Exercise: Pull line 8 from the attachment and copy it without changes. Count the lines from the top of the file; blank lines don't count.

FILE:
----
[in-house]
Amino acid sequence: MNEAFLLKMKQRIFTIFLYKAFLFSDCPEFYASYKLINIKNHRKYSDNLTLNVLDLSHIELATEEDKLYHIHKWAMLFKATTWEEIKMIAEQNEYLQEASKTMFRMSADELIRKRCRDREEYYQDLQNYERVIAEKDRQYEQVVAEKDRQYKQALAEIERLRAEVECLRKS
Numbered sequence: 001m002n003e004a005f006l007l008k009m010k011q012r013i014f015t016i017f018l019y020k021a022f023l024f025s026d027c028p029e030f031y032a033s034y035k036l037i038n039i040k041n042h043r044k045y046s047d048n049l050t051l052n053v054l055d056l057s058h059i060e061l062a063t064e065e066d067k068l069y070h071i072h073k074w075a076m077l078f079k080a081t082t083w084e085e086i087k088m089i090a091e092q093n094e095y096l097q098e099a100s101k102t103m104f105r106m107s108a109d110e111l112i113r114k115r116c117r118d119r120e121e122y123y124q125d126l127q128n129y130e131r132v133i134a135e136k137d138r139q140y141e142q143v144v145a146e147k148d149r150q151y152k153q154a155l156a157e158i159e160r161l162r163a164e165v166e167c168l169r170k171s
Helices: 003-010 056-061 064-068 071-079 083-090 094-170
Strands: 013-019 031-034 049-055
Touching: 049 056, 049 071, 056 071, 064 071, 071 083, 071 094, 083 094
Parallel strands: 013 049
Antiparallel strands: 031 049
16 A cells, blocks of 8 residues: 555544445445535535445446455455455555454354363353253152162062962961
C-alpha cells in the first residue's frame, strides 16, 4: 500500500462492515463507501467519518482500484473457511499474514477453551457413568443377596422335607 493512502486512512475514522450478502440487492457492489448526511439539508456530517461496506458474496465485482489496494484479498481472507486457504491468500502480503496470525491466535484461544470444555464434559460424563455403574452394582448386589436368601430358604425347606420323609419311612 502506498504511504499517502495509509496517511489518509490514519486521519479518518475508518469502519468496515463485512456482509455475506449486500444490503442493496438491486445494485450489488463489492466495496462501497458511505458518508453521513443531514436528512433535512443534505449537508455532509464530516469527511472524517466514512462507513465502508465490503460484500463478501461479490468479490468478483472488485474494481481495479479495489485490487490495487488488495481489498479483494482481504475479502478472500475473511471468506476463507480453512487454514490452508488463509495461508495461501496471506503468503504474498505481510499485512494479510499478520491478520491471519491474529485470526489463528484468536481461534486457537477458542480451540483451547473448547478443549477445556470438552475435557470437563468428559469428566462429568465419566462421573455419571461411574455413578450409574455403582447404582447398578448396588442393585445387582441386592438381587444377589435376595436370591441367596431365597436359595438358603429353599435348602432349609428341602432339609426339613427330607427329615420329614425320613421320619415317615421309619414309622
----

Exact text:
Antiparallel strands: 031 049